A 25 gallon (94.6 L) livewell with nine inlets for circulation, LED lighting and a blue gel coated oval interior is recessed into the port quarter.
An aft bench seat measuring 4'9" (1.4 m) folds up conveniently into the transom to really open up the cockpit space for fishing. I also found it easy to deploy simply by lifting the bolster and pulling the seat down. The entire seating arrangement lifts to reveal storage within the transom for the batteries, battery switch panel and charger.
An aft bench seat folds flush against the transom allowing for room to fish in the wide open cockpit.
Twin 99 gallon (375 L) in-deck fishboxes lie to port and starboard of the cockpit that measures 8'1" by 5'6" (2.5 m x 1.7 m) or 44.4 square feet (4.12 sq m). Forward is a hatch leading to a pump room that also accommodates the optional 3 kW gas generator ($6,517).
Behind the aft bench seat is the ship's main electrical panel and storage space for batteries.
Twin 99 gallon (75 L) in deck fishboxes lie to either side of the cockpit.
Under gunwale rod storage and a toe rail for security are on both sides of the cockpit. Notice the courtesy light, and out of sight up underneath the gunwale is an electrical plug for downriggers.
At the forward end of the cockpit we have a bench seat to port and a jump seat to starboard. The port station doubles as a rigging station with a sink and cutting board above lockable storage for tackle boxes and pullout drawers. Under the starboard seat is a second livewell, this time with a 30 gallon (113.6 L) capacity.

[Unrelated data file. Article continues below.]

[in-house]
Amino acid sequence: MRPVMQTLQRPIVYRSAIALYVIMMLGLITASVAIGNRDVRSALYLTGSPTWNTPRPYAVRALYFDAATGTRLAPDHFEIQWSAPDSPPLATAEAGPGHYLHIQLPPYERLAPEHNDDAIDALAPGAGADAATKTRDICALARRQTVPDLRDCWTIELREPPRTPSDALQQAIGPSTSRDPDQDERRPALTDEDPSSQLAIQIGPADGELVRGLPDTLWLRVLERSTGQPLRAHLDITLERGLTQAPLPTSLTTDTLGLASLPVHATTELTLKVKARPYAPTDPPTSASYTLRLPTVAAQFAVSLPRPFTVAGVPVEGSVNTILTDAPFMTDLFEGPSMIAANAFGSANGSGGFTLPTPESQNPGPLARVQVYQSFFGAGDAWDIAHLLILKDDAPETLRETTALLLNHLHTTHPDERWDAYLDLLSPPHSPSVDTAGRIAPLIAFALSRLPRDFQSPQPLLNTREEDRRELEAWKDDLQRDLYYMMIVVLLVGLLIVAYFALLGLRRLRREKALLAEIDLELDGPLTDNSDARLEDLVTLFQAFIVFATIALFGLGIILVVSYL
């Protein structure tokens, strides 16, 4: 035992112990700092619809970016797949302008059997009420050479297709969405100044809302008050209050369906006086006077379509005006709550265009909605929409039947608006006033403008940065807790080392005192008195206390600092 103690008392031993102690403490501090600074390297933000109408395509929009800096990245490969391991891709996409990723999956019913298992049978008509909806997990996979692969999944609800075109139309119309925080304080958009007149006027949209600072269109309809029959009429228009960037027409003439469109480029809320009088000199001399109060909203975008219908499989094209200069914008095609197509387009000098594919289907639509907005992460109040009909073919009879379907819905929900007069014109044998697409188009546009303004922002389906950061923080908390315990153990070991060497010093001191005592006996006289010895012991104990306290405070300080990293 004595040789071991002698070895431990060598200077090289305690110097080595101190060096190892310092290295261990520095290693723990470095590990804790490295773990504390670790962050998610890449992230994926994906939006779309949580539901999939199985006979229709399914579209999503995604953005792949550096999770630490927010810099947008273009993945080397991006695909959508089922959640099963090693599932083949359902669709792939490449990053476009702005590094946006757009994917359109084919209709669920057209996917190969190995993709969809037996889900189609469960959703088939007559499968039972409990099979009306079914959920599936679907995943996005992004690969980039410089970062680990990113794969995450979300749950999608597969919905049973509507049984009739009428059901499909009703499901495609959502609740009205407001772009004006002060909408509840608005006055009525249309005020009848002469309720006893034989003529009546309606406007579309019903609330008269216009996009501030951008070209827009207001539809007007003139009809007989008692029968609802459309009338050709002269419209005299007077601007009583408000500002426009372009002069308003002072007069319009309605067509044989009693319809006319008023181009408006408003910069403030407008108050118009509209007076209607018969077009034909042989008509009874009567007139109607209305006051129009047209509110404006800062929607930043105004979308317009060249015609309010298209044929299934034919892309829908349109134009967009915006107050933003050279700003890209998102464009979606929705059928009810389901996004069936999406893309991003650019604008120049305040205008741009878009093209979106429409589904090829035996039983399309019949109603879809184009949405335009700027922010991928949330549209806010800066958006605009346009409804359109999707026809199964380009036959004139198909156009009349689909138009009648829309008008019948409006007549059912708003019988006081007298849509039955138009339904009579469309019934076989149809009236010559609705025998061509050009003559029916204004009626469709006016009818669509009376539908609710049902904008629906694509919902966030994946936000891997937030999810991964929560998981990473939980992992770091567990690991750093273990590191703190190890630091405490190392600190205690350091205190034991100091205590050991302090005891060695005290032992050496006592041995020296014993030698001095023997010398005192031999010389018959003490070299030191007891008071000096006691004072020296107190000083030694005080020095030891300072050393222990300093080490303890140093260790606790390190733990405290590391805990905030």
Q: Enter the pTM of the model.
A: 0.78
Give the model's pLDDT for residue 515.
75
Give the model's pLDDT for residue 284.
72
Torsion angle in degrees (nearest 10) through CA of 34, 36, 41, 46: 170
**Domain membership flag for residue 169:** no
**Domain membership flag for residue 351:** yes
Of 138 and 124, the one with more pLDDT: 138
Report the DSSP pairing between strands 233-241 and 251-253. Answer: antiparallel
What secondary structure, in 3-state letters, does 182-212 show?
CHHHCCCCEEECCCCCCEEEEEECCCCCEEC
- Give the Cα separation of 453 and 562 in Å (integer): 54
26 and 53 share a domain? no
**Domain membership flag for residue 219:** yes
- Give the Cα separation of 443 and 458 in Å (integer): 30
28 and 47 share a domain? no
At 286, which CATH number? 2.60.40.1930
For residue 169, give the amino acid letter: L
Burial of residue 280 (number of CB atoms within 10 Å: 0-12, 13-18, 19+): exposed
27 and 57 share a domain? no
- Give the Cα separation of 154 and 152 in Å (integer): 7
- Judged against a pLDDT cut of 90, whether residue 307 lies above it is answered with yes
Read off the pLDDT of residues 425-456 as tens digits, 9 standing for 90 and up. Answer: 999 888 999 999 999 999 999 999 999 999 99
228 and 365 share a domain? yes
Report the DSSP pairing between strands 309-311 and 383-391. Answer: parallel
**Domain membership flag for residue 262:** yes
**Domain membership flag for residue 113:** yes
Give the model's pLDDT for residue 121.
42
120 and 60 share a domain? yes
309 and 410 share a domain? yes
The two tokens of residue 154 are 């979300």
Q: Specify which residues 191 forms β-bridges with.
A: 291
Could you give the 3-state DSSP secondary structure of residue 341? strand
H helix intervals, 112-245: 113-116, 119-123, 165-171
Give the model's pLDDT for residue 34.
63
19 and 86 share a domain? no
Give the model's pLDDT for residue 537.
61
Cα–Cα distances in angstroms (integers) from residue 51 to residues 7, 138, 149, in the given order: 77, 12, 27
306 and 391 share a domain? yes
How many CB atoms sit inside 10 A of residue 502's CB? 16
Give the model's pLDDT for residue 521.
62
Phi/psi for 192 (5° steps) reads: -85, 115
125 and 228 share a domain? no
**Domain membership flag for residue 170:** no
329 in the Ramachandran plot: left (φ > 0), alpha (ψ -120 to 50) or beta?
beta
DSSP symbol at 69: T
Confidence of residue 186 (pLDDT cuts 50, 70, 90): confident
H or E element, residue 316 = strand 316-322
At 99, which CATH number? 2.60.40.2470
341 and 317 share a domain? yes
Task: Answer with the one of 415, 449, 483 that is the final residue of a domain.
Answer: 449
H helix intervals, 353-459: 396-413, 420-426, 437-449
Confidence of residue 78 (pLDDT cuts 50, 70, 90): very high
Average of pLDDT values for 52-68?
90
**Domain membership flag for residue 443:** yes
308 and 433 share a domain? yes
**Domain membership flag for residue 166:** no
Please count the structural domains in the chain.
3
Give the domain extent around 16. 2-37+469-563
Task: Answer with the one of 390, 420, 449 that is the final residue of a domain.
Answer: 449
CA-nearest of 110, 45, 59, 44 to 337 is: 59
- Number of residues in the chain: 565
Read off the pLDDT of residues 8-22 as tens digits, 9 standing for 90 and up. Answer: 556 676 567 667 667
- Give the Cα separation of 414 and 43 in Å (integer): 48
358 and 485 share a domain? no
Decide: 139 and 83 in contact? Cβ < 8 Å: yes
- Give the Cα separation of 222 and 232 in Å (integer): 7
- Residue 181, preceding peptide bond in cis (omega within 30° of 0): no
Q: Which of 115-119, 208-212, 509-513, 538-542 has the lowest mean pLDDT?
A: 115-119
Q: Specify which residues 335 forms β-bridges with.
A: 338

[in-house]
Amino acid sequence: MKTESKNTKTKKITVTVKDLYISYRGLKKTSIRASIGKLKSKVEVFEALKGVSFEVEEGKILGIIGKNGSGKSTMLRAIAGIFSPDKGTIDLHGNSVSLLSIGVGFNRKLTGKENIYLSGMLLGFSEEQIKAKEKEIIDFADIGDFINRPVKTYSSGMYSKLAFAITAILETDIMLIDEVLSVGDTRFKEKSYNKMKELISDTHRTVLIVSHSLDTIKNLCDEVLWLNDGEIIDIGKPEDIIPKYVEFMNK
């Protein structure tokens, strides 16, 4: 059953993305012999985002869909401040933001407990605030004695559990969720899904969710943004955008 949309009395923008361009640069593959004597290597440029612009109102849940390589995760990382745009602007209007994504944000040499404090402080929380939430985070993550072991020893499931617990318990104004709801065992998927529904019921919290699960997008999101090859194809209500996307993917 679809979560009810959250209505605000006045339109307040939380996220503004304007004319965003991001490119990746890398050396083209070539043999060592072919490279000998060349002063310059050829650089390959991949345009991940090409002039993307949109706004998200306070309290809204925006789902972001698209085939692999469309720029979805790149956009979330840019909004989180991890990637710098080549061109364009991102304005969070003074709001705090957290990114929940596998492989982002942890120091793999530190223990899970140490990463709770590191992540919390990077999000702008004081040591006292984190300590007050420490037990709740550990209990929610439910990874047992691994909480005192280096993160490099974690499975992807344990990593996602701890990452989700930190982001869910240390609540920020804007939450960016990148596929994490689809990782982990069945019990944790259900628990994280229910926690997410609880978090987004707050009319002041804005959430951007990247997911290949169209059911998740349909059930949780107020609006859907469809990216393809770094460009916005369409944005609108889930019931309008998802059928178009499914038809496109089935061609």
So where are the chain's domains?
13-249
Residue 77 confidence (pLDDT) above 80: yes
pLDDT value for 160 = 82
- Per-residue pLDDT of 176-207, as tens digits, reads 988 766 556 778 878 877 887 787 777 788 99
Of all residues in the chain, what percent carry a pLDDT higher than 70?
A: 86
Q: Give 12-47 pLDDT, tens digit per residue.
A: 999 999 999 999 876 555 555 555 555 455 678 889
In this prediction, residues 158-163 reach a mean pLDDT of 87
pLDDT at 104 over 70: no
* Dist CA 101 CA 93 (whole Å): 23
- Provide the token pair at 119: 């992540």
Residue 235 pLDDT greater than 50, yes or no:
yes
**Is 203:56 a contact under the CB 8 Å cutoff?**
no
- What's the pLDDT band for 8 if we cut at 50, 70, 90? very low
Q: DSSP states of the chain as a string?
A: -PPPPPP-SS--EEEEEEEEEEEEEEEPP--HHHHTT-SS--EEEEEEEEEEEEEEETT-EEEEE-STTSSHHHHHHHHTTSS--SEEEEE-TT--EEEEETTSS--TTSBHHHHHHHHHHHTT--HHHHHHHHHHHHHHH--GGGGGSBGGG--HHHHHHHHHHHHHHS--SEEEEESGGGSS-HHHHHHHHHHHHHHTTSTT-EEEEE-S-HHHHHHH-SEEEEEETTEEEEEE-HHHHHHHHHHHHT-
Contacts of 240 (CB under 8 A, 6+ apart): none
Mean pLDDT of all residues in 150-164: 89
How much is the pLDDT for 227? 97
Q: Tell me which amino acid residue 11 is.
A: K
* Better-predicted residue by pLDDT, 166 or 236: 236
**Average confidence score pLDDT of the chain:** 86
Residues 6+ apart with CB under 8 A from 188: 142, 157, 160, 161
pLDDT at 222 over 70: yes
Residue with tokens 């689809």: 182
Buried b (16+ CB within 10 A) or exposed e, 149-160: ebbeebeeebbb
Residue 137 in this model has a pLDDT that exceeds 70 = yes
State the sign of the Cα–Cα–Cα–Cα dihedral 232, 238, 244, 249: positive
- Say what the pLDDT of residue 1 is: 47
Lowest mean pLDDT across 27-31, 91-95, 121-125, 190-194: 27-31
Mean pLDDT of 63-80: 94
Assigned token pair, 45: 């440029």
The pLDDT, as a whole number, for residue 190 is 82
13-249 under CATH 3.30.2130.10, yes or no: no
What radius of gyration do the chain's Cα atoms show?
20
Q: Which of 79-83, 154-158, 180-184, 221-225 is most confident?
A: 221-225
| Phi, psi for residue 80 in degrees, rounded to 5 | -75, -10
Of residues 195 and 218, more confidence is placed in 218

A sink with a removable cutting board lies under the portside cockpit bench seat. Storage underneath is lockable.
Robalo went with a standard hardtop on the R305, but on our test boat the top included the optional rocket launchers and Taco Grandslam outriggers ($2,292). Additional standard equipment with the hardtop include fore and aft facing spreader lights, courtesy lights, a covered electronics box and the life jacket storage compartment.
The covered electronics box is quite deep and I'd like to see an interior panel for flush mounting any electronics. It would also make a more convenient location to hang a microphone.
All too often we see a simple cargo net secured to the hardtop for PFD storage. Here is a pull-down compartment with a zippered bag.
Stepping up to the helm deck we have L-shaped seating to port with a seat back that converts from forward facing to aft facing and then lays flat to allow a rear facing chaise lounge with an unobstructed view to the cockpit.
The helm console is colored gray to knock down glare from any light that makes its way past the hardtop. A wide open panel will accommodate the optional 12” (30.4 cm) display ($6,392) and radar options are offered in either a closed array ($3,055) or an open array version ($5,166). A separate module was added to the top of the console for the Yamaha multifunction display and while it appears that there is room on the panel for this display, the addition on top of the console didn't seem to impede my visibility at all. Below the panel a row of rocker switches, with circuit breakers underneath, flank both sides of the stainless three-spoke steering wheel mounted to a tilt base. A single key ignition activates the dual start/stop buttons just above and the controls to starboard are mounted at a 45-degree angle.
Module above the console serves as a mounting point for the Yamaha engine display screen. While it didn’t seem to impede on visibility, we’d still relocate it to the lower panel.
The helm seat has a high wraparound for security and thickly padded lumbar support over a ventilated lower back. The seat has extra thick padding and the controls for the swivel and slide are in plain sight and clearly labeled. More importantly the seat will allow the captain to swivel his body around without having to swivel the seat itself.
The seat is designed to allow for rotating the body while still working the controls, all while keeping the seat facing forward.